Festival director Glenn Wright with Festival Patron Husky Gawenda.
Festival director Glenn Wright with Festival Patron Husky Gawenda. Lyn McCarthy

PHOTO GALLERY: Mullum dances in the dark

MULLUM Music Festival offered more than 150 music shows and community events over the weekend under one banner: Mullum Loves You.

It was a busy weekend in Mullumbimby: the hippies were out and about, the stormy weather could be seen approaching from 4pm, but people were having too much fun in the double decker psychedelic bus to mind some clouds in the sky.

For the first time in almost a decade, the festival was brought to a halt on Saturday night when a storm triggered a major power blackout across the whole town.

Irish duo Saint Sister went on stage with no power and just a harp and their voices, but that did not prevent them from wowing audiences.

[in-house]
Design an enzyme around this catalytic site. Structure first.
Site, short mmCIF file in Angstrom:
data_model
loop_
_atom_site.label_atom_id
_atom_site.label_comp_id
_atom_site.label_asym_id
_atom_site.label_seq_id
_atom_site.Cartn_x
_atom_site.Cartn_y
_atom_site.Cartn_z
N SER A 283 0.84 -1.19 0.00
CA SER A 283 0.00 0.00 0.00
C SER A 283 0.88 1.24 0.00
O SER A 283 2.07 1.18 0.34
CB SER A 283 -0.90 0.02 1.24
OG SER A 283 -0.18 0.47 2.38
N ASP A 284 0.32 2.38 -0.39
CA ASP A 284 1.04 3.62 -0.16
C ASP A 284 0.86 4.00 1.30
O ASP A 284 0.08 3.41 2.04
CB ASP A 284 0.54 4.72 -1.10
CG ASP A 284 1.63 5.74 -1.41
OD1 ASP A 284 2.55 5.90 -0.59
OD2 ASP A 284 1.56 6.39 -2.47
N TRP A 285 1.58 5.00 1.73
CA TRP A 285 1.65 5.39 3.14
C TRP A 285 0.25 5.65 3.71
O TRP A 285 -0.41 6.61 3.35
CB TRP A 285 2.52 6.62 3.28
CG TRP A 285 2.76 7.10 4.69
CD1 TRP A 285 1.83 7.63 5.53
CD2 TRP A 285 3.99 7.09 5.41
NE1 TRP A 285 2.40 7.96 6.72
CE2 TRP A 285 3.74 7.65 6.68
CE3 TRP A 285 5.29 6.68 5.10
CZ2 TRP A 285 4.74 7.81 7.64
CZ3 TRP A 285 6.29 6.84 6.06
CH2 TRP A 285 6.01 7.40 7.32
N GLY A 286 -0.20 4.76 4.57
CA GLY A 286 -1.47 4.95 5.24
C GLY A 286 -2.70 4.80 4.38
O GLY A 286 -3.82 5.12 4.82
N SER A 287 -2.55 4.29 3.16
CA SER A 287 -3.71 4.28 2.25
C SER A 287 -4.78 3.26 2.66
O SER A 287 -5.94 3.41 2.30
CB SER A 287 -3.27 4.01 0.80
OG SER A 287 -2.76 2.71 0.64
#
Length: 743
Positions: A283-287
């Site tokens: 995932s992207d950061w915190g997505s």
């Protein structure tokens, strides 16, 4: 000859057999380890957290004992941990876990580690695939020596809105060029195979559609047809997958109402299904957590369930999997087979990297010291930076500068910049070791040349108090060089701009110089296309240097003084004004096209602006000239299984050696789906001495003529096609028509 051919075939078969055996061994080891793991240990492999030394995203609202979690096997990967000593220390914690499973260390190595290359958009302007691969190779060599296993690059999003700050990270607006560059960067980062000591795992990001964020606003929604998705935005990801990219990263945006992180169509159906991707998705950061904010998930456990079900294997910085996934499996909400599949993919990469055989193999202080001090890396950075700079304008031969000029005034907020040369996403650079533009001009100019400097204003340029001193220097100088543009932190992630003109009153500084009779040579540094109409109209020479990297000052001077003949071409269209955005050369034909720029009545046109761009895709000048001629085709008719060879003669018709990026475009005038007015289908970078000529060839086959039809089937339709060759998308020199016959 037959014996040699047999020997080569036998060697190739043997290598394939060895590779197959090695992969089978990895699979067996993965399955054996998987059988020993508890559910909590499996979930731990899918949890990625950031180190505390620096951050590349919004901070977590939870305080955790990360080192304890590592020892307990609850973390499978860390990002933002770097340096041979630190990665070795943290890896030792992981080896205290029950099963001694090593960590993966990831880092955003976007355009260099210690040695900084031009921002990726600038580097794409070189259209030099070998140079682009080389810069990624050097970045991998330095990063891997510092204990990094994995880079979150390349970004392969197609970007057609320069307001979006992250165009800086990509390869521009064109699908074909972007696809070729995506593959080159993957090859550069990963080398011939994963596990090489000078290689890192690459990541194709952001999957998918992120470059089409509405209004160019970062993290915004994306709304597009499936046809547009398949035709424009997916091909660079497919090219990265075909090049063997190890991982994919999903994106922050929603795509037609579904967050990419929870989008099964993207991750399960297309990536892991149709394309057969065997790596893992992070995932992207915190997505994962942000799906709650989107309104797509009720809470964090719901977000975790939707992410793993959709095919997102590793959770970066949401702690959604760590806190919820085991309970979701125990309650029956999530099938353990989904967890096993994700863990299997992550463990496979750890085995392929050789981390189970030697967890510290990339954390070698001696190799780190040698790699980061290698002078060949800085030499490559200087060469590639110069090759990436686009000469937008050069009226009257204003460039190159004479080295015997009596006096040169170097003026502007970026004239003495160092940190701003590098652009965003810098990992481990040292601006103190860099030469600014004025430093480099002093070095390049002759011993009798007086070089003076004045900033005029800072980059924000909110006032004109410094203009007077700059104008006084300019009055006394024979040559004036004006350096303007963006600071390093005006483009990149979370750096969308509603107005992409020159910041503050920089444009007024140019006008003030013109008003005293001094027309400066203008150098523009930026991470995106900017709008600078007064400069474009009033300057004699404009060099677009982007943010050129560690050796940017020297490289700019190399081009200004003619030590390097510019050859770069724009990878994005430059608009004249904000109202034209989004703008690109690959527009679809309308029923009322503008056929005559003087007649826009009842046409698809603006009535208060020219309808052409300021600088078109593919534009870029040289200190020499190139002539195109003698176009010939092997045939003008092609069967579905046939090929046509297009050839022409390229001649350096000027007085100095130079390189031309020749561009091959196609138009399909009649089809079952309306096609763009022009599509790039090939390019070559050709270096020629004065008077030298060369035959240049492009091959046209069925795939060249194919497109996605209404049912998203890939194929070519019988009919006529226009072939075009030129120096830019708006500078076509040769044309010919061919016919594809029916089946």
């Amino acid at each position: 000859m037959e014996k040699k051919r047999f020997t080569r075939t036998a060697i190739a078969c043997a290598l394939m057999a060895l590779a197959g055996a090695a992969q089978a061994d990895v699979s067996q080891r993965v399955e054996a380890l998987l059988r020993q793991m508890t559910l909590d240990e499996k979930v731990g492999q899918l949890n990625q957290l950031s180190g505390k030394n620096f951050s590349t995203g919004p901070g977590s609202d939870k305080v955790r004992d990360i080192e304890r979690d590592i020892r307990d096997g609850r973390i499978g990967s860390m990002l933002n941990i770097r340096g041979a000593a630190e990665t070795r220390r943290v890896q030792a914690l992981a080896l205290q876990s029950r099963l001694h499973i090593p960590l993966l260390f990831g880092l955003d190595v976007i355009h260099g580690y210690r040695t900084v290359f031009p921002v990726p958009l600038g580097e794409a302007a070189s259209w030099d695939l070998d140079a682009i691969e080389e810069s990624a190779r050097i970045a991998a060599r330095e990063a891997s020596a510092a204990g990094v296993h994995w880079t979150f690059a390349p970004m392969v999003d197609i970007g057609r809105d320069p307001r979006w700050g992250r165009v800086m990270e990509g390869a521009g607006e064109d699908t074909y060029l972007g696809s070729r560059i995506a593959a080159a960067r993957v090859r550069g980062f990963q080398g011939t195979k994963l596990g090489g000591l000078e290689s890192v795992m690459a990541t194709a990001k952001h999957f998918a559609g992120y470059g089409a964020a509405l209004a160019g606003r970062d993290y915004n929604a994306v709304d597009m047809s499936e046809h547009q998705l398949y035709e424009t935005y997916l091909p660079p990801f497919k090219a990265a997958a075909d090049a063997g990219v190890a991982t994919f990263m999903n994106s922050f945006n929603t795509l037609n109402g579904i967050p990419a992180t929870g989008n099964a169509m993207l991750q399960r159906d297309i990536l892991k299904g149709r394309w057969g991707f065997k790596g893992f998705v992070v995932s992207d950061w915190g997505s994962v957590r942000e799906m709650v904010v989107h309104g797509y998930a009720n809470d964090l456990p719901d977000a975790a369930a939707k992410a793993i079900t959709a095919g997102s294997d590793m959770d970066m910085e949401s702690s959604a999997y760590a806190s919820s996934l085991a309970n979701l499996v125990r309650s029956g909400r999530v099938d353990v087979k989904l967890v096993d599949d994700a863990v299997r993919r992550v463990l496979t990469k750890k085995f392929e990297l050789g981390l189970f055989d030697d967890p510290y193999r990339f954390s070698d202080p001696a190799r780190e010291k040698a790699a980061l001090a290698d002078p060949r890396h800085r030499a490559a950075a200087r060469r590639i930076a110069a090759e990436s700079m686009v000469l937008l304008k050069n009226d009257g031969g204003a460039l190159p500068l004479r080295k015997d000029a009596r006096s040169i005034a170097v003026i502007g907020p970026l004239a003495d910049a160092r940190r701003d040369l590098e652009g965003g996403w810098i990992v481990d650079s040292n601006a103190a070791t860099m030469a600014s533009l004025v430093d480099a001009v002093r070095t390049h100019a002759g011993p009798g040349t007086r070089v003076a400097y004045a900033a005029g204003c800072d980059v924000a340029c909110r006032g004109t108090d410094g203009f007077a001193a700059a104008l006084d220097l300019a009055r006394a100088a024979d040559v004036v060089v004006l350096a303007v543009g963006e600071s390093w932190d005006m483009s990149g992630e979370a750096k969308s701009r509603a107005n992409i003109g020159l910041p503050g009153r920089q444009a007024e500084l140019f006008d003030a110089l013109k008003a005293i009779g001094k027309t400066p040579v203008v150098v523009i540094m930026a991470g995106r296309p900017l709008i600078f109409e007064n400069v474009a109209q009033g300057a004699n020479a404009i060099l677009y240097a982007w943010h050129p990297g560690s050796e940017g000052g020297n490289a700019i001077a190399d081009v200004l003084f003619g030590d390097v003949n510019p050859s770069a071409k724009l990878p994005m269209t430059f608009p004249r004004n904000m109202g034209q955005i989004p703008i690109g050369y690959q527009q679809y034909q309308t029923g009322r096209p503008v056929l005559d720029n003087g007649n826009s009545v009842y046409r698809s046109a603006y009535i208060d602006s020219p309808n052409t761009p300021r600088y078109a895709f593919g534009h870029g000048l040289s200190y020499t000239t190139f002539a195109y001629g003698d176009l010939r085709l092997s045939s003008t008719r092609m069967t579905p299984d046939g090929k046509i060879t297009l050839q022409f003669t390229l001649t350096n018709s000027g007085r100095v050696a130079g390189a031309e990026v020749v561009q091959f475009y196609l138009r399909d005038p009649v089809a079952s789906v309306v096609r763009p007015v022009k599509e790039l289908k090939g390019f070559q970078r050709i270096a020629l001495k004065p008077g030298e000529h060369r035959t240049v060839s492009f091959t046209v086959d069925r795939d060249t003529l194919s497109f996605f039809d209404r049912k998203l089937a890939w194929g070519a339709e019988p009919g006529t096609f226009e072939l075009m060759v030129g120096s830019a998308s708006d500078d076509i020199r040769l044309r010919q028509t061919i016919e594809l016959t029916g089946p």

It was their first Australian show.

The afternoon started bright and humid, the perfect conditions for 1980s-style flash mob The Cassette to flourish.

Saint Sister's sound and voices are superb but they sing in an 'ethereal' soft way, which meant that for the first two songs people really needed to be quiet in Mullumbimby.

Audience members also helped the band with torches so they could be seen on stage.

Doherty and MacIntyre sang Dancing in the Dark by Bruce Springsteen, a song that was part of their set but took an extra special meaning given the circumstances. The musicians won the audience with their voices and their determination to play against all odds, and by doing so they offered the most memorable gig of the festival so far.

The highlight of the festival every year happened again on Sunday - the big music parade through town.

The free event allowed families to join the fun and it was a fitting culmination of a weekend of love for music and for Mullum.


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